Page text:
Celine Boutier comes from behind to win ShopRite LPGA Classic
Featured LPGA Tour

Celine Boutier comes from behind to win ShopRite LPGA Classic



GALLOWAY, N.J.—Celine Boutier was an afterthought entering the final round of the ShopRite LPGA Classic. At the start of the day all eyes were on the duo tied at the top—Jin Young Ko and Inbee Park.

While Ko and Park battled it out behind her, Boutier quickly entered the conversation with six birdies on Seaview Resort's Bay Course opening nine to go out in 31. The birdie barrage slowed to begin the back nine as she made six straight pars, and Ko remained in front.

Knowing she needed to finish with a flurry, Boutier added two more birdies at Nos. 16 and 18 to tie her career-low round with a 63.

Both Park and Ko came to the short par-5 18th with an opportunity to force a playoff with a birdie or win outright, but neither could make 4 or better. Boutier won in the locker room, preparing for a playoff.

The win is her second on the LPGA Tour, following her win at the 2019 ISPS Handa Vic Open, and adds to what has already been a banner year.

“It's been an insane year. I have to add also the Olympics to that, which was the most amazing experience, and to back it up with winning the Solheim Cup on U.S. soil is definitely very special,” Boutier said. “To top it off, winning my second win is just unbelievable. I can't even rank which one is better. It's just so different. But it's definitely going to be a very special year for me.”

Boutier was shocked she wasn't playing extra golf.

“I was already in my mind going into the playoff and having to prepare for that. And then just the fact that neither Jin Young or Inbee birdied 18 really left me stunned. I'm still a little bit surprised about it,” Boutier said.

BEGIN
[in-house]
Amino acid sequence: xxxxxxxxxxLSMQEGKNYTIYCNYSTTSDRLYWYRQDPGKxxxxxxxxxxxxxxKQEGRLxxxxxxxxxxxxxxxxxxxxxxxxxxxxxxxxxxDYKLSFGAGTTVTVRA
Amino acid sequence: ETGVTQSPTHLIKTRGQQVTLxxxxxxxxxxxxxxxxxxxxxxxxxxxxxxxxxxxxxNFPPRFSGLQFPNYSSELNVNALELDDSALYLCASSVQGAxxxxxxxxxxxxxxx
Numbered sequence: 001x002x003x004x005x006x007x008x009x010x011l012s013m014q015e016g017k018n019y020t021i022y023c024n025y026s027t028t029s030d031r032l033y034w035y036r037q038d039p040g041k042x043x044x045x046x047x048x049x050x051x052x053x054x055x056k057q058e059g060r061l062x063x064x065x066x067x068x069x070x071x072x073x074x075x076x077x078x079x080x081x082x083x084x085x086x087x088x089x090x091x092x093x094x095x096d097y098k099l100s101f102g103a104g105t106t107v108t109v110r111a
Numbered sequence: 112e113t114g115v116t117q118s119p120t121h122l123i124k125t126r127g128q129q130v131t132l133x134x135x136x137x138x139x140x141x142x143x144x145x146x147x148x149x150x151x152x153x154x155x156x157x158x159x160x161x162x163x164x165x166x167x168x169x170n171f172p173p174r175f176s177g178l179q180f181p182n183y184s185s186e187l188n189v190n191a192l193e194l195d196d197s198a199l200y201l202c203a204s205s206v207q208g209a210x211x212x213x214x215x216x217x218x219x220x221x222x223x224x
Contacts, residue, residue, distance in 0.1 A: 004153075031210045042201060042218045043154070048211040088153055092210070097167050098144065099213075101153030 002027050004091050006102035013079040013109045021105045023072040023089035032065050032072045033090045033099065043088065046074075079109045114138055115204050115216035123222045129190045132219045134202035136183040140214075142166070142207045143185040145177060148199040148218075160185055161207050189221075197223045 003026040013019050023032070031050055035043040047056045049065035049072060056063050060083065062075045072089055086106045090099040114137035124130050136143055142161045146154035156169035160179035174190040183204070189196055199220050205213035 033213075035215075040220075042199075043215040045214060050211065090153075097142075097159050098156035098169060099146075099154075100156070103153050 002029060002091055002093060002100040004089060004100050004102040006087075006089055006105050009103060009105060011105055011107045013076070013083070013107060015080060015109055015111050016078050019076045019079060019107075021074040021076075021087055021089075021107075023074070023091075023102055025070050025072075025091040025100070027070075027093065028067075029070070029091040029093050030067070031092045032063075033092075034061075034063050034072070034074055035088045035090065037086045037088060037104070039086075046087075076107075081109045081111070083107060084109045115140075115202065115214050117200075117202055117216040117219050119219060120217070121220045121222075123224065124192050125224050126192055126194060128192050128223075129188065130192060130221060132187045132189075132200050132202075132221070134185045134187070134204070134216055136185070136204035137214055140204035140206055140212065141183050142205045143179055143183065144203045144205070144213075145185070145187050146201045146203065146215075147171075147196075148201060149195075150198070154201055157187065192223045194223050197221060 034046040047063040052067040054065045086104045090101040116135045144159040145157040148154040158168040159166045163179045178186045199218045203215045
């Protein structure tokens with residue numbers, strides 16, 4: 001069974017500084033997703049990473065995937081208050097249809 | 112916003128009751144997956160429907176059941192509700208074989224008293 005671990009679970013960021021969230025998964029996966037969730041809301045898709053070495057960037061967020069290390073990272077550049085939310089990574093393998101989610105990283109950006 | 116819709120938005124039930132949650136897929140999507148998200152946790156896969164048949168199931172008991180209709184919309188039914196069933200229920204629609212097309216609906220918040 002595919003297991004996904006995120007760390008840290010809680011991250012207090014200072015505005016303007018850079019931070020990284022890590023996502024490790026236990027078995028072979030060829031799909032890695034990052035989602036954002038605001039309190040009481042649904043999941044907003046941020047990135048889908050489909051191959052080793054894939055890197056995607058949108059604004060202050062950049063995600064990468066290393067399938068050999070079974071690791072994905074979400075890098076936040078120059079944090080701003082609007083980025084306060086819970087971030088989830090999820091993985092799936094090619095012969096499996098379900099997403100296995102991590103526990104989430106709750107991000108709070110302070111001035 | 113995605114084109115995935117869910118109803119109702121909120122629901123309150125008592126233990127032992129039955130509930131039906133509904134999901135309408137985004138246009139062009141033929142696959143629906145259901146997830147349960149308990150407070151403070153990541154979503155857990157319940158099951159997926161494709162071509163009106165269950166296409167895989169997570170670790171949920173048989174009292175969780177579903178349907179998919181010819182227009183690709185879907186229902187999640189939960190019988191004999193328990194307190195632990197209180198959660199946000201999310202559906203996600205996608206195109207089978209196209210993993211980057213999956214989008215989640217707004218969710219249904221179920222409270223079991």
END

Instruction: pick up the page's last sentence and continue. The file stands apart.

It was particularly surprising for Park, a 21-time LPGA Tour winner and seven-time major champion who is already in the LPGA Hall of Fame, to miss such a crucial putt late in the tournament.

Park is arguably the best putter in all of golf; she makes a whopping 63 percent of her putts from 10-15 feet, well above the LPGA Tour average of 28 percent. Her percentage of putts made from that length is even better than the PGA Tour average from 5-10 feet.

“It's tough because 18 is just out of my reach, and for most players it's a birdie hole. I knew that I had to make a birdie and gave it all I got. Just came up a little bit short. Probably just a little misread on the putts,” Park said.

Boutier has done plenty of winning lately: She was a member of the victorious European Solheim Cup team and won her first start following the event at Inverness at the Lacoste French Open on the Ladies European Tour.

Boutier got creative to keep her game sharp after the LPGA Tour shut down due to the pandemic—she won the Texas Women’s State Open and the Kathy Whitworth Paris Championship on the Women’s All Pro Tour.

She said she hasn’t always been competitive, but that her drive has increased as her career progresses.

“I'm getting more and more competitive as I grow up. I feel like when I was younger I definitely did not describe myself as being competitive. I tried to look for tournaments to play because I knew I was ready, and I just wanted to have something going on,” Boutier said. “So I played in the Texas Open and two other events on the APT, which definitely help to get the competitiveness going and help me get my game ready for when the season on the LPGA started again.”

About the author

Peter Santo

Peter Santo

Peter Santo is a golf writer and a graduate of Emerson College. He previously covered all sports for The Boston Globe, Associated Press, and The Washington Times.

When not writing about or playing golf, he can often be found listening to or creating country music.

He can be reached by email at petersanto1129@gmail.com

Follow him on Twitter @_PeterSanto